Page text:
Somluk vents his frustration by chucking stuff at the walls.
They should put a bigger sign on the highway for people to find this place. A tiny little pottery piece is basically it, and  -- as suitably arty-farty as it is -- as you whiz by Highway 1 at 150km/h, dodging chickens and water buffalo, you're hardly going to notice it.

Even if pottery's not your thing, they also boast one of the coolest cafes in all of northern Thailand. A lovely setting among the old teakwood buildings, with scrumptious cakes and coffees. Worth coming here just for that.

But sadly, and surprisingly, no, um, glazed donuts. (Sorry, that was the only pottery pun I could think of ...)

Where is it? 49 Moo 6, Tambon Nanglae, Chiang Rai, 053-705-291. Going north on Highway 1 from Chiang Rai, it's about 15km south of Mae Chan on your right (there's a U-turn bay there after the big coffee shop on your right).

Thursday 27 January 2011

LIfe's a beach living in the mountains ...

Ok, my theory is this ...

People who live up in the mountains are just that little bit closer to the sun and therefore are more strongly affected by its harmful rays.

Exhibit A: Chiang Rai Beach.

On a recent trip to that city, a friend invited me to his house, "just 300 metres from Chiang Rai beach." Sorry come again ... the line's breaking up ... I thought you said beach.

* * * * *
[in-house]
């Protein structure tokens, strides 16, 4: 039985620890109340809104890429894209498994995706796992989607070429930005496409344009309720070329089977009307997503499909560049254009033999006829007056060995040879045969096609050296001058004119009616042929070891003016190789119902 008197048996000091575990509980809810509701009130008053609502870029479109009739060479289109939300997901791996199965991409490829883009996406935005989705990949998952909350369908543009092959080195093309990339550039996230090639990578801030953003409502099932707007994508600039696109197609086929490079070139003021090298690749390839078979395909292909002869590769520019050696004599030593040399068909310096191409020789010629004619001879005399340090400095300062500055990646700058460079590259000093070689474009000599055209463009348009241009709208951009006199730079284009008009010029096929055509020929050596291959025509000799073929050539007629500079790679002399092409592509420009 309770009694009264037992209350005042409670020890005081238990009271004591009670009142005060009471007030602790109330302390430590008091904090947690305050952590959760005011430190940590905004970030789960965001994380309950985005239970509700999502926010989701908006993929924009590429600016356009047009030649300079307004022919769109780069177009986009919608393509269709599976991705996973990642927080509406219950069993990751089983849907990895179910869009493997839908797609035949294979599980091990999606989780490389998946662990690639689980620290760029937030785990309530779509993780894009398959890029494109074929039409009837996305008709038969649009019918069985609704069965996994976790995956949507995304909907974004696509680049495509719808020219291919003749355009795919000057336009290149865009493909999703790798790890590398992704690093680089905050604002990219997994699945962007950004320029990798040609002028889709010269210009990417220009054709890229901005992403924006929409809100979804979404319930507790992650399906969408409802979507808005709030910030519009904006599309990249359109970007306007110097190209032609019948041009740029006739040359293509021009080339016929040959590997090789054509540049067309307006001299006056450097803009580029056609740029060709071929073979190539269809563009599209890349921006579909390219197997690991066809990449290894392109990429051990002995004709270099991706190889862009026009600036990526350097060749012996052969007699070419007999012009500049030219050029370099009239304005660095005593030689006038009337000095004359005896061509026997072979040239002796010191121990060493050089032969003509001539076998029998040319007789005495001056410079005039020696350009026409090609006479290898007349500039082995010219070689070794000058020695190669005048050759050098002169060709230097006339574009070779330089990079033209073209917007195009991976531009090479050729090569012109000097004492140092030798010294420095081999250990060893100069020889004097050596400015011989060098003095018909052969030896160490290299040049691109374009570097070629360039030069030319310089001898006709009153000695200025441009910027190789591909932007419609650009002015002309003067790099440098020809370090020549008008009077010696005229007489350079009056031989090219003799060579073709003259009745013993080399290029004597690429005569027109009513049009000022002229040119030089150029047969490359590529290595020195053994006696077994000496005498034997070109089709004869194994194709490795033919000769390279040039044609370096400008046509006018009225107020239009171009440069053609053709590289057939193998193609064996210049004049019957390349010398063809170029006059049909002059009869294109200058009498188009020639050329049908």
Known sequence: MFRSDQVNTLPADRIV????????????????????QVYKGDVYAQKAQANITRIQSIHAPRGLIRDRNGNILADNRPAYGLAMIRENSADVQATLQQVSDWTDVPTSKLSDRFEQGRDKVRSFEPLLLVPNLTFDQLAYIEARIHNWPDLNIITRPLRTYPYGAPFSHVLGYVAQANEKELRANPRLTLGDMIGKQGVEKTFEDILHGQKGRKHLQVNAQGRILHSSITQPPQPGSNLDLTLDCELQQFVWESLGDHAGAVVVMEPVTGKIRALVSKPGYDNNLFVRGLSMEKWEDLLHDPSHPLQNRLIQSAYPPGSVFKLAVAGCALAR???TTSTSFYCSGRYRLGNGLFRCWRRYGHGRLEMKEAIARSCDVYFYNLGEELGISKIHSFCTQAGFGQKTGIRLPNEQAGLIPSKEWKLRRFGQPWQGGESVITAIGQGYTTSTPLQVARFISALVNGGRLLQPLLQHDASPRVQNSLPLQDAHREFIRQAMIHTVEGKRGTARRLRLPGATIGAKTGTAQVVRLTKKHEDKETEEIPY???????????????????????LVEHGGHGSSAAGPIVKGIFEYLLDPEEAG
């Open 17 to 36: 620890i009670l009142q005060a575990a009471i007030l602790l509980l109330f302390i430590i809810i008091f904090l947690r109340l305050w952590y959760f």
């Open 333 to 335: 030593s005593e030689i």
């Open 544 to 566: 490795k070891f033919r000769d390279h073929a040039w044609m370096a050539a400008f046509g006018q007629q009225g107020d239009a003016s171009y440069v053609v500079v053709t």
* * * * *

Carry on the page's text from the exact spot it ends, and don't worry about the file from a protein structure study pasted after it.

"Yes, Chiang Rai Beach," he confirmed. Woah, ease up on that medication, my friend!

A quick check of the map revealed that land-locked Chiang Rai is 1000 or so metres above sea level and approximately 800km from the nearest beach in Thailand. In fact it's probably closer to go to a beach in Burma from there, jing jing.

But no. There, on a sweeping bend of the Kok River is Chiang Rai Beach. Umbrellas, deck chairs, massage service, ice cream carts. It could be Bondi, but with less sharks and less budgie smugglers.

Some of the locals have taken the beach thing one step further and call it Pattaya Noi. Little Pattaya.

There's a cool "isn't this great?" eccentric quirkiness to the place. Making do with what they've got this far from the ocean. But in fact, if you follow the Kok River for about 130km, you'll join up with the Mekong River, then if you follow that for about 1880km more, you'll empty out from the Mekong Delta into the South China Sea.

So technically, there is a grain of truth in calling this a beach.

Wednesday 26 January 2011

The real legend of Chiang Rai ...

The Legend is a wonderful touch of Lanna magic right on the often-misty banks of the Kok River, adding a touch of adventure and mystery to your northern adventures. 

Any closer to the water, and it would be a floating hotel.

Starting the day with their hearty breakfast buffet against this backdrop harks back to an earlier era of pioneers' machetes hacking through the jungles of IndoChina. But ...